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ATLANTA, Georgia (41NBC/WMGT) – Governor Nathan Deal’s special session came to an end on Saturday with a passed multi-million dollar spending plan for the Hurricane Michael relief effort.
It marked the end of a packed five day-long special session called to help South Georgia residents deal with the impact of the powerful storm.
Lawmakers yelled out “sine die” to signify the final day of the special session coming to a close. Governor Nathan Deal had a message for them.
“I do appreciate your willingness to reassemble and deal with this issue in a meaningful way,” Deal said.
The Senate passed and he signed a hefty $270 million emergency aid package for South Georgia residents.
“Obviously we cannot pay for all the losses nor should we be expected to pay for all the losses at the state level, but we do think we can afford to do this,” Deal explained.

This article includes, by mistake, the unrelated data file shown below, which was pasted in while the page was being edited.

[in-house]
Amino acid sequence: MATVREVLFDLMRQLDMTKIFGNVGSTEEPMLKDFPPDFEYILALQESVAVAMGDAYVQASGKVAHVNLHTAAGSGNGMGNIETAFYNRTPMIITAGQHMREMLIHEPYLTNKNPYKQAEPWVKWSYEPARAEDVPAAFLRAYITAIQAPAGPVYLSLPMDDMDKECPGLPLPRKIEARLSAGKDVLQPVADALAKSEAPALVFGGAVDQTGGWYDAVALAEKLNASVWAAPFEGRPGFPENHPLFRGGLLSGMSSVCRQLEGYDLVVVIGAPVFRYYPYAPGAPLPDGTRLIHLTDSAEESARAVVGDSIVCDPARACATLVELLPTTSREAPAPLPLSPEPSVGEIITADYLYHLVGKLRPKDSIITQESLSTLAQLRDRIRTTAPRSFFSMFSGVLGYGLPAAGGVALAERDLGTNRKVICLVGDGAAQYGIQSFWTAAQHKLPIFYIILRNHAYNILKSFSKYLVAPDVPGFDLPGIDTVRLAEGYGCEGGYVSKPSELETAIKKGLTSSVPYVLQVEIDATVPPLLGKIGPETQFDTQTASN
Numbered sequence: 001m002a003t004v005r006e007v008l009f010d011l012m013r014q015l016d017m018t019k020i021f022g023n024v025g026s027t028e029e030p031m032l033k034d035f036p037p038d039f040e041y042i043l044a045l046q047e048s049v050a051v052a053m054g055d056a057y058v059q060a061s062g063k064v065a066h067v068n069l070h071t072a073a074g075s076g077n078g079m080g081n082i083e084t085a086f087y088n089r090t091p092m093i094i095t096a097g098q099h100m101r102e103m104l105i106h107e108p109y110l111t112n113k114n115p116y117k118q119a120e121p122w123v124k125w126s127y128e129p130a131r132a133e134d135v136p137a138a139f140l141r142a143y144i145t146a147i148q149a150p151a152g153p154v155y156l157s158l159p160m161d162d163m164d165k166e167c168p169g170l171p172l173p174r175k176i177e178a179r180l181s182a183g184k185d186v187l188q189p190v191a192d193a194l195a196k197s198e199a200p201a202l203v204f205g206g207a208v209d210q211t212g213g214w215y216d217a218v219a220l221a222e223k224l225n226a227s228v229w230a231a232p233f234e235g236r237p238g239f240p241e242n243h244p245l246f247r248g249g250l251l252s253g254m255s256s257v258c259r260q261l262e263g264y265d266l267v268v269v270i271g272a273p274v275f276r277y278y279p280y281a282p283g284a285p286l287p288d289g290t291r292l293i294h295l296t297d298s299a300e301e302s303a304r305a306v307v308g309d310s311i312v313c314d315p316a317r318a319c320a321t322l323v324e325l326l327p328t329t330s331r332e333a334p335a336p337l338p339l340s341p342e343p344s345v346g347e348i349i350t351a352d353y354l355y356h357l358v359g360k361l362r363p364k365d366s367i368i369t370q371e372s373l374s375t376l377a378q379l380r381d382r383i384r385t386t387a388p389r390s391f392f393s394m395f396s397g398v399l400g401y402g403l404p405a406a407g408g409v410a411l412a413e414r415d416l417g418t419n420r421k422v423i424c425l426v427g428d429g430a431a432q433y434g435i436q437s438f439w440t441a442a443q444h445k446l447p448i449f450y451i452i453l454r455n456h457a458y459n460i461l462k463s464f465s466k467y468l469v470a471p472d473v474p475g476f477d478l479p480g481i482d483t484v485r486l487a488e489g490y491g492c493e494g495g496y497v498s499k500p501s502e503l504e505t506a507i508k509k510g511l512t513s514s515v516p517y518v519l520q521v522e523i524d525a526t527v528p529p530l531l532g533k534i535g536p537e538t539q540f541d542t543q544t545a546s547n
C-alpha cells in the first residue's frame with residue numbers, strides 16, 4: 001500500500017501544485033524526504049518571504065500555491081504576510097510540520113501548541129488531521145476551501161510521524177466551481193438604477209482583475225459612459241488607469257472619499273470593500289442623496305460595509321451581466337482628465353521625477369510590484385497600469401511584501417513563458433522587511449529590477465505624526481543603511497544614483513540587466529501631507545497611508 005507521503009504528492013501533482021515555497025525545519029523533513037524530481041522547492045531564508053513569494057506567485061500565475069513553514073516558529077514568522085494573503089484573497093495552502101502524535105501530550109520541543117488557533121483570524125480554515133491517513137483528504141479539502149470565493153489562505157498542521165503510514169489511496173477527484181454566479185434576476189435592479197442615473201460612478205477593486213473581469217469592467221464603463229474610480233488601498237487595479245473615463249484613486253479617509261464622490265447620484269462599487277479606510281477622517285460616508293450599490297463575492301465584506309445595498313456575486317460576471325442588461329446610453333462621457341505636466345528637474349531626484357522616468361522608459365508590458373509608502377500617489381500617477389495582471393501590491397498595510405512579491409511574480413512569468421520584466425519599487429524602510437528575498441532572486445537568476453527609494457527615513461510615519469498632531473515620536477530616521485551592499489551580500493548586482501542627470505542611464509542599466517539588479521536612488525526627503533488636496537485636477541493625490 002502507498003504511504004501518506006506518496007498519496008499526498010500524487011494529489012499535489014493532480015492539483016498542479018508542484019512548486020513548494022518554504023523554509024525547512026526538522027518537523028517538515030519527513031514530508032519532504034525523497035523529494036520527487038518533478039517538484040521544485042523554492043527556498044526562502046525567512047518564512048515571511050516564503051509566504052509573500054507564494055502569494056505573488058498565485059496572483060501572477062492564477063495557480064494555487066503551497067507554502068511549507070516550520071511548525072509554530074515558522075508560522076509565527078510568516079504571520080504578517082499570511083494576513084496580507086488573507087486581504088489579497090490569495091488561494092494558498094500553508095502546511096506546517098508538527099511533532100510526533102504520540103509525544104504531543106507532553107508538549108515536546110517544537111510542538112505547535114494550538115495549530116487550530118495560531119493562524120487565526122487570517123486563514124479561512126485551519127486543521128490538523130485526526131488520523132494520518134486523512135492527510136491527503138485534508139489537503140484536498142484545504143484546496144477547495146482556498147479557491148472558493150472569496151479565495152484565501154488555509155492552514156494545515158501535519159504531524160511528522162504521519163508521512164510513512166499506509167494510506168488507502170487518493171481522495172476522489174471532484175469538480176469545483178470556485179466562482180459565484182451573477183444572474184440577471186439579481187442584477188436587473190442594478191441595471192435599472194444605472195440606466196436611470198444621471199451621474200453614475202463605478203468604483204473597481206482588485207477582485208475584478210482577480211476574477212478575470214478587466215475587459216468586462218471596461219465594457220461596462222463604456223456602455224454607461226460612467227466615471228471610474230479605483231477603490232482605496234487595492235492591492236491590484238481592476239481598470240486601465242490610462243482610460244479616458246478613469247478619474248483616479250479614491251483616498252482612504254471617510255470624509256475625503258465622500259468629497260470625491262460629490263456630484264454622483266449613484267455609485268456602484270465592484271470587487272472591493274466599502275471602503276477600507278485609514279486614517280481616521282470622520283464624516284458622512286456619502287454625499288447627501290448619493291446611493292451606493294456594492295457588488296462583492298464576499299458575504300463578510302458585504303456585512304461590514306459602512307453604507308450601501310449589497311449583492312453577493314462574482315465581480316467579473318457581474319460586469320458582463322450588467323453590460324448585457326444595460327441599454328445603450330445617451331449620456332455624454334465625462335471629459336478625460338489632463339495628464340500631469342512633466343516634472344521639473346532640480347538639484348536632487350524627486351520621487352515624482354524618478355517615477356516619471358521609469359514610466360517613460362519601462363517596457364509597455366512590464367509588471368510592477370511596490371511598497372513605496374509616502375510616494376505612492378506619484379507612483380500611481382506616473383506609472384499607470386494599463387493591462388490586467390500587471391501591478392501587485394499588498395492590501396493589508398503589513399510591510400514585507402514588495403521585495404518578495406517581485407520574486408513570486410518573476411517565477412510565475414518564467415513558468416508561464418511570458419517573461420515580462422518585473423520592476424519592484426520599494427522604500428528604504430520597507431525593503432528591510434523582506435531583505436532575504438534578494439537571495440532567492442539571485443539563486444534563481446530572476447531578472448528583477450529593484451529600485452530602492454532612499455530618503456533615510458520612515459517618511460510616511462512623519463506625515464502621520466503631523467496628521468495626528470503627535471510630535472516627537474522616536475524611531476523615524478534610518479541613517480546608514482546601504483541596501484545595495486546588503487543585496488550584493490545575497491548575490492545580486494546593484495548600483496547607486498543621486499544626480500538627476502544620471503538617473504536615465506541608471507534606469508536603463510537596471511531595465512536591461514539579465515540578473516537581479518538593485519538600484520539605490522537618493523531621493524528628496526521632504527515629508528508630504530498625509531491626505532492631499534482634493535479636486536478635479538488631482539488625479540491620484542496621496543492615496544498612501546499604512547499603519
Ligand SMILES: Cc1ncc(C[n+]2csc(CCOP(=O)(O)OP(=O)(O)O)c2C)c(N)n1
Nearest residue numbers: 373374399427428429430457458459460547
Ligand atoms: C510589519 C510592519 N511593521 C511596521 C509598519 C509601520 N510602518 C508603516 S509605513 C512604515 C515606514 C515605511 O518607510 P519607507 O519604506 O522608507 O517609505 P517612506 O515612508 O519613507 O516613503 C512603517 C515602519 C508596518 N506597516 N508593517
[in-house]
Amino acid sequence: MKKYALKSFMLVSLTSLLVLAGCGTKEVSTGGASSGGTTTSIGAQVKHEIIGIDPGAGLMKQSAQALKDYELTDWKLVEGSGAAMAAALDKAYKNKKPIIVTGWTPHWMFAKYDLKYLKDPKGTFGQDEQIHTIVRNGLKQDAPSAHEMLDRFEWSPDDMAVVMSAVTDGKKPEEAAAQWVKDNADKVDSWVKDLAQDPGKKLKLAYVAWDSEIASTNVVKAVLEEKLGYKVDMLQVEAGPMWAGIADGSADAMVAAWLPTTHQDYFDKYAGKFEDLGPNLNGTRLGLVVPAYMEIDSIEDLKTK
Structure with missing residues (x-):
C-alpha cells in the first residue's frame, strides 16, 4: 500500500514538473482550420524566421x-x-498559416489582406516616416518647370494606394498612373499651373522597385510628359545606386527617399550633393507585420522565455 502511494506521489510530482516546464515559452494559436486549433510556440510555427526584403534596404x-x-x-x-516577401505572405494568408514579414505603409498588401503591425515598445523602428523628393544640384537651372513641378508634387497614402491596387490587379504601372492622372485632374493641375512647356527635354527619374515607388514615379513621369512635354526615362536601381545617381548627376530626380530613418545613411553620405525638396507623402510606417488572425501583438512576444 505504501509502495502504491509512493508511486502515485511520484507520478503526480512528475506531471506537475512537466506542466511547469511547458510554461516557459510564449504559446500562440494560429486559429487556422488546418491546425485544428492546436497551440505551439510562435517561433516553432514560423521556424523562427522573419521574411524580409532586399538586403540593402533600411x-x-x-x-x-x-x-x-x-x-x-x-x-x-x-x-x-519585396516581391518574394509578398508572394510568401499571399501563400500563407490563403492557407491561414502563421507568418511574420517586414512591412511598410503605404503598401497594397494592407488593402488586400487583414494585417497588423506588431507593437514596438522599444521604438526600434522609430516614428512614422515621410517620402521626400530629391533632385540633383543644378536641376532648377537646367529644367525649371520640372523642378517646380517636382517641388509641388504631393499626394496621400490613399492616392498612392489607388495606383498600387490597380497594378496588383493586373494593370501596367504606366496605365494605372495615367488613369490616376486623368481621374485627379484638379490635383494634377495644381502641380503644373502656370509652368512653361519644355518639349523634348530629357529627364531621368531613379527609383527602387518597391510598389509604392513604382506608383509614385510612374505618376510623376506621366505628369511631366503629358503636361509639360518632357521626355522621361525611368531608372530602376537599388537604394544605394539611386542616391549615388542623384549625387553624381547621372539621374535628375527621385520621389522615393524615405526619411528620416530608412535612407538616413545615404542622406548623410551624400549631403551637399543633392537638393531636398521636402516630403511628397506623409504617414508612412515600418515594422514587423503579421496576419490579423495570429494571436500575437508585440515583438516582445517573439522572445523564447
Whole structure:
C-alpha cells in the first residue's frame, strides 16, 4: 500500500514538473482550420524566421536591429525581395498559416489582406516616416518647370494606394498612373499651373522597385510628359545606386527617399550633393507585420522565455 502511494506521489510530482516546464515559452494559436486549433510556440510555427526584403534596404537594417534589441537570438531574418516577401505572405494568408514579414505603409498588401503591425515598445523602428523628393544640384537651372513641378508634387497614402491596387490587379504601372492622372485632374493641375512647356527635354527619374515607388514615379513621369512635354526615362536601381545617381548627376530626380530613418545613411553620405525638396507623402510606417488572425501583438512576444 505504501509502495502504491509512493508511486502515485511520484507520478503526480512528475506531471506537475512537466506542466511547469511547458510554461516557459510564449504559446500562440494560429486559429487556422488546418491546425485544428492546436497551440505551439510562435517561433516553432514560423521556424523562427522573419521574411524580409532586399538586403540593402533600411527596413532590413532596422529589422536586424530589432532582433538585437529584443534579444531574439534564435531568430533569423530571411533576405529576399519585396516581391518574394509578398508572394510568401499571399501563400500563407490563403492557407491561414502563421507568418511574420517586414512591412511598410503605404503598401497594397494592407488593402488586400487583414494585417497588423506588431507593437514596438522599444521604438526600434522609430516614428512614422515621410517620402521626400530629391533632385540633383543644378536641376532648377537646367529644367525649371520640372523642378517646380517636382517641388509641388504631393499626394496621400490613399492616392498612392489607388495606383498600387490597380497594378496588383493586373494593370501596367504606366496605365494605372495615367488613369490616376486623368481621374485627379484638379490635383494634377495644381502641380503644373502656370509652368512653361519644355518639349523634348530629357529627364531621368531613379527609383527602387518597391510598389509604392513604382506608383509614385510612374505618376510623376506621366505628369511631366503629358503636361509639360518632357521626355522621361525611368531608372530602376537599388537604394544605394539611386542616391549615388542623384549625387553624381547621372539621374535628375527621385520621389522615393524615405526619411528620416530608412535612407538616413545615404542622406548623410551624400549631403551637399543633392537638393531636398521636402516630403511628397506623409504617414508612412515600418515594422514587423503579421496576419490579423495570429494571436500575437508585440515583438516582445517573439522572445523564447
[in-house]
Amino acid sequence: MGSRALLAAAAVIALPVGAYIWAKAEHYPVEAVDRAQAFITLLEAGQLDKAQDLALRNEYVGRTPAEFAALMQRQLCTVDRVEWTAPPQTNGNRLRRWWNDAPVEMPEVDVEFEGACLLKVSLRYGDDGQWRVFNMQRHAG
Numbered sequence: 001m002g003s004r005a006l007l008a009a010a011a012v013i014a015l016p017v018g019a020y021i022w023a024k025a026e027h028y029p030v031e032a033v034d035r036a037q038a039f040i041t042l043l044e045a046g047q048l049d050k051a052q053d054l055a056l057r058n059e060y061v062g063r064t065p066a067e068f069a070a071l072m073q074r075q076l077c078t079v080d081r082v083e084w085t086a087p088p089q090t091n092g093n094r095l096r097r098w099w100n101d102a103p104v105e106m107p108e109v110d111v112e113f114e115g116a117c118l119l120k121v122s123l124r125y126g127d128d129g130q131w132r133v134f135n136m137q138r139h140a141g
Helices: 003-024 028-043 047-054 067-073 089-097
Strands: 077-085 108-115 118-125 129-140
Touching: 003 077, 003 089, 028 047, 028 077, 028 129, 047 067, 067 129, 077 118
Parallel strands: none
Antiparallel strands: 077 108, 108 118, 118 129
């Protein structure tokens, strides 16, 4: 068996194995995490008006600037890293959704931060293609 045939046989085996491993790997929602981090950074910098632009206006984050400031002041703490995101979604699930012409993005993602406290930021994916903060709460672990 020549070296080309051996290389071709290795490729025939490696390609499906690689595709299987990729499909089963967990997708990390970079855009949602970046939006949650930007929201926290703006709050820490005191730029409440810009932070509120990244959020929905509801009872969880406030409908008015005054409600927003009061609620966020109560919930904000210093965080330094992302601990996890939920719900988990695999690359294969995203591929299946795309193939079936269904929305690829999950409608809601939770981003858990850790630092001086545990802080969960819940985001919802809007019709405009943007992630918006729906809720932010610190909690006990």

The money will go toward state agencies and local governments struggling with little resources and give tax credits for Georgia’s heavily impacted timber industry.
“The state has agreed to help local governments that have been impacted by covering their share of the expenses which is approximately $1.98 million for just the debris removal and that I think is the right thing to do,” Deal said.
According to the state, South Georgia took a $2.5 billion hit as a result of Hurricane Michael.
“You can anchor yourself in the fact that when it says $2.5 billion in commodity loss that’s what it is,” said Secretary of Agriculture Gary black.
The money will only begin to cover a fraction of those losses but it’s a start to progress.
The amended budget passed in the House 162 to 1 and unanimously in the State Senate.
Legislators will reconvene again in January for the start of the regular session.
During the legislative session lawmakers also passed a $40 million jet fuel tax cut for Delta Airlines.
This was after earlier this year, the jet fuel tax bill died during the regular session in the State Senate.
Passing it means Delta will no longer be required to pay the state a 4% sales tax on use of jet fuel through 2019.
The tax cut failed in the Senate not long after Delta Airlines announced that it would no longer provide a discount to National Rifle Association members.